With Peter Barlow having been found guilty for the murder of Tina McIntyre, Rob “absolutely” thinks he’s got away with the crime, says actor Marc Baylis. That is until his sister Carla Barlow (Alison King) uncovers the truth during scenes to be shown next week.
“Rob’s backed up into a corner and he just can’t lie to her anymore,” Baylis tells RadioTimes.com, of how Carla finds out his terrible secret. “They’ve been through so much together, he doesn’t have to say it. She just knows. It’s crystal clear from her point of view… his sister is very intelligent and Rob kind of gives a couple of hints.
“Any other characters on the Street would probably not be able to see,” Baylis notes of Rob’s strange behaviour around the trial. Especially when they are going through the evidence, which “throws him off kilter”.
“Rob is kind of pushing himself away from having to go to court because he obviously doesn’t want to see the re-enactment and all the details about Tina’s death again.”
Although, up until this point, Rob’s actually been pretty confident he’s off the hook. “Especially with the evidence given against Peter, which he does see first hand,” Baylis reveals.
So does Rob think Carla would turn him in? Or does he believe their family ties will override any feelings she ever had for Peter?
“That is at the heart of all the material; convincing her that it’s the right thing to do [to keep quiet]. He’s brainwashed himself throughout the whole event and he’s trying to brainwash her.
“There’s a lot to do with family values and morals that are in there. I know that sounds weird with him being a murderer, but it’s a soap, so we can get away with that. It’s is about that family loyalty.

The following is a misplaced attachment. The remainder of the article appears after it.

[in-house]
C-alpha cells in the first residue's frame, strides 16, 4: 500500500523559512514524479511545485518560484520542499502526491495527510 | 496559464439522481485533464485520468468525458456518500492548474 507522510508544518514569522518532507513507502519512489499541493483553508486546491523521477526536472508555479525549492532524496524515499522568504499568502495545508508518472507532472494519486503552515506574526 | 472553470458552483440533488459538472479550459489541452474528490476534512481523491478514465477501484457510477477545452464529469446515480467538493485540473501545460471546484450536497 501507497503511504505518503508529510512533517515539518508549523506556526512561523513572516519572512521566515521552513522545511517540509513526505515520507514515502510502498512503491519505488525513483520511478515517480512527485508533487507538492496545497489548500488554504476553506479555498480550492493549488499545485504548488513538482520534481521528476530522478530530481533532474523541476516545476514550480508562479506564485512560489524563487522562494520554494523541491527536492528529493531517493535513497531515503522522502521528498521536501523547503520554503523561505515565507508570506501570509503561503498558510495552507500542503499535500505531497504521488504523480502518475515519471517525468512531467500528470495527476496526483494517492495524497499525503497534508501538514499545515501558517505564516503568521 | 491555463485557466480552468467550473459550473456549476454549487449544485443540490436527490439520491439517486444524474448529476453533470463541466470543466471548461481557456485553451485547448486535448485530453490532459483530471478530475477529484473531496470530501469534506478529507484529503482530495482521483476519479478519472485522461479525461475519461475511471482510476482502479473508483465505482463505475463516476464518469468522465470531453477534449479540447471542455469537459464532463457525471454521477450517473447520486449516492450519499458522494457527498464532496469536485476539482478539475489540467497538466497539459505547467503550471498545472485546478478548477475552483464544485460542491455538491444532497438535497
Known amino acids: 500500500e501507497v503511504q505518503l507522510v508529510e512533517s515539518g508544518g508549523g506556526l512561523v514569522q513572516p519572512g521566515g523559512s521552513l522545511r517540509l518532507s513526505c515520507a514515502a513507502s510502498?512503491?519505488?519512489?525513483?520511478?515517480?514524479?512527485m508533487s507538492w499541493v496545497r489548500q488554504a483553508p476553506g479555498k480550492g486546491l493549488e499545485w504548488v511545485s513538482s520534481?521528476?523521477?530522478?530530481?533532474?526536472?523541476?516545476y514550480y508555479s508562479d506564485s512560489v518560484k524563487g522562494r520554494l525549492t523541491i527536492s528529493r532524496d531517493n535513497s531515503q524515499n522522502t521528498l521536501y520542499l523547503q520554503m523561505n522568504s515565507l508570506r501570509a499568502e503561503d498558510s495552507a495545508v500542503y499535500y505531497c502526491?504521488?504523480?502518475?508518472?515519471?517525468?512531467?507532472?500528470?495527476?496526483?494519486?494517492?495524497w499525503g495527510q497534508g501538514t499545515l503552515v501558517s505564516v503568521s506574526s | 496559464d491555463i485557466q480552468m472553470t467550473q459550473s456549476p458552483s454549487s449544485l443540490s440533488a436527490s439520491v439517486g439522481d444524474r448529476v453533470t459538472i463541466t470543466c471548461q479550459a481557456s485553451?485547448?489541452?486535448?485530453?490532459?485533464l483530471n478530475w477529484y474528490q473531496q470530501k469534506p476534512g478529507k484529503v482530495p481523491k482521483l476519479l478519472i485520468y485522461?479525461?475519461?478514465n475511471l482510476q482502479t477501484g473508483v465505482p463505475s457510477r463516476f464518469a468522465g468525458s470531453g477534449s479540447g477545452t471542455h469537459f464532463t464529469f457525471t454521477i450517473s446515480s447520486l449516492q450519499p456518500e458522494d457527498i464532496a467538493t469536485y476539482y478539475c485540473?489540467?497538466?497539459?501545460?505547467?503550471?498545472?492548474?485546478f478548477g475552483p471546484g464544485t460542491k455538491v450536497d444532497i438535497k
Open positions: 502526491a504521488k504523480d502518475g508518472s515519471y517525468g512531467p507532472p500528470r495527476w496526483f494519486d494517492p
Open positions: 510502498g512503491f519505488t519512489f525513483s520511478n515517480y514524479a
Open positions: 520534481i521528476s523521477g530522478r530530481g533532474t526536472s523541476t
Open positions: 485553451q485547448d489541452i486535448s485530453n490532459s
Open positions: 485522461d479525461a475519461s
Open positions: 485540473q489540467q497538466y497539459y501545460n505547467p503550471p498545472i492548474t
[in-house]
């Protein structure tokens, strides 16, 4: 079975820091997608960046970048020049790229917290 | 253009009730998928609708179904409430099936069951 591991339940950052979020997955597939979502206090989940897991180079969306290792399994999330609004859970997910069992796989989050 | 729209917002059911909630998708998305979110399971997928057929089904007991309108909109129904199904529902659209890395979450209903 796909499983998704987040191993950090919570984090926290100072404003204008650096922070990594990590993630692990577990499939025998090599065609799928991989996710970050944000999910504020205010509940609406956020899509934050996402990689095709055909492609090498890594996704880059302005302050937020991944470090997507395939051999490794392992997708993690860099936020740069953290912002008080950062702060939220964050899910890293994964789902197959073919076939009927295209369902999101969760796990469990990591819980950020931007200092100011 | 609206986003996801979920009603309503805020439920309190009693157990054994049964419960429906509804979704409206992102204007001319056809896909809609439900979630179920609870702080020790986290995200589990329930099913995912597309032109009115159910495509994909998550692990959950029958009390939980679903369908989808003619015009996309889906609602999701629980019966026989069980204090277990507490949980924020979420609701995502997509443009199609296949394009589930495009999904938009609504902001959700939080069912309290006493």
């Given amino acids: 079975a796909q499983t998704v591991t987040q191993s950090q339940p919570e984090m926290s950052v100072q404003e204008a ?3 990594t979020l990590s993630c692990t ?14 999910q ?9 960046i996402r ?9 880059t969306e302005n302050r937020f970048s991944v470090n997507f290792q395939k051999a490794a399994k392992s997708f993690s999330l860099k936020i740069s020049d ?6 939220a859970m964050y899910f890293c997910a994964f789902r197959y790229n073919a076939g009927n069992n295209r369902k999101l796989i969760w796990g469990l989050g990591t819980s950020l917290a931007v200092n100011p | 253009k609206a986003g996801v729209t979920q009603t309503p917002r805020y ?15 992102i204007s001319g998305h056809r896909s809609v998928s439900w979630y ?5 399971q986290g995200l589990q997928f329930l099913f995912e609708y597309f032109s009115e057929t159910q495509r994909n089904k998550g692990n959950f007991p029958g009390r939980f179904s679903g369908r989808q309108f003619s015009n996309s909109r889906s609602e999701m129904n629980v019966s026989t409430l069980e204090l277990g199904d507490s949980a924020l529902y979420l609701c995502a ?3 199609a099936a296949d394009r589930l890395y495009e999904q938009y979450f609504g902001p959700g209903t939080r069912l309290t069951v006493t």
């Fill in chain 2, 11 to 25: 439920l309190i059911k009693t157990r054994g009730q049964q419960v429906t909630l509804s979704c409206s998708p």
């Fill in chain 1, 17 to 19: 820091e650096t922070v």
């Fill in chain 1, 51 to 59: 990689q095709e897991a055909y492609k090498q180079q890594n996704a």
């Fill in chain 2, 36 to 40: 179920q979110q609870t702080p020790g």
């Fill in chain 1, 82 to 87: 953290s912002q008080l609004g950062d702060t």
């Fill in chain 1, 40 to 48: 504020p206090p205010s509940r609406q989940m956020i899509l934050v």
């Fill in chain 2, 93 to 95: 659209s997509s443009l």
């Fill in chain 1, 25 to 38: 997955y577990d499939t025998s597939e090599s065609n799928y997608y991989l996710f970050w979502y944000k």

“They’re both as strong as each other and they’re at loggerheads. It’s really selfish of him. He’s become very selfish,” Baylis continues.
The actor, who will leave the soap as this storyline reaches its climax, says he’s been surprised by viewers’ reaction to Rob.
“It’s been the polar opposite of what I thought it would be. I thought I’d have Asda bags of eggs thrown at me. It’s totally been the opposite. It threw me a little bit because I kind of put my barriers up a bit to prepare for it. But for some reason, it’s made people like Rob more. It’s slightly perverse,” he laughs.
When Baylis himself found out that his character was going to be behind Tina’s murder, and thereby Michelle Keegan’s exit, he reveals it was far more dramatic than what we’ve seen on screen.
“There was that time that everyone was literally walking around work going, ‘I hope it’s not me’. Everyone’s like, ‘s*** I’m going to lose my job now’. Typical actors, it was a dramatic month. More dramatic than the actual material on air,” he laughs.
But Baylis is pleased with how the storyline has been played out.
“To be honest, the investment that’s gone into this, the scripts I’ve had as Rob, it’s been perfect. By far the best material that I’ve had on the show. In two-and-a-half years, I’ve had about five years’ material and that doesn’t happen very often.
“I think it’s absolutely been played out in the right timeline in how long we see Rob as the murderer. With the audience knowing everything, there’s only so long that you can have a dramatic effect before the character does move on,” Baylis explains.
Although, based on the way Rob leaves, Baylis says he could actually be back on the Street one day.
“The future is a blank canvas. We’ll see what happens. I’m definitely not against that happening at some point if it’s right for everyone.”
You can see Marc Baylis talking with Radio Times’s David Brown below:
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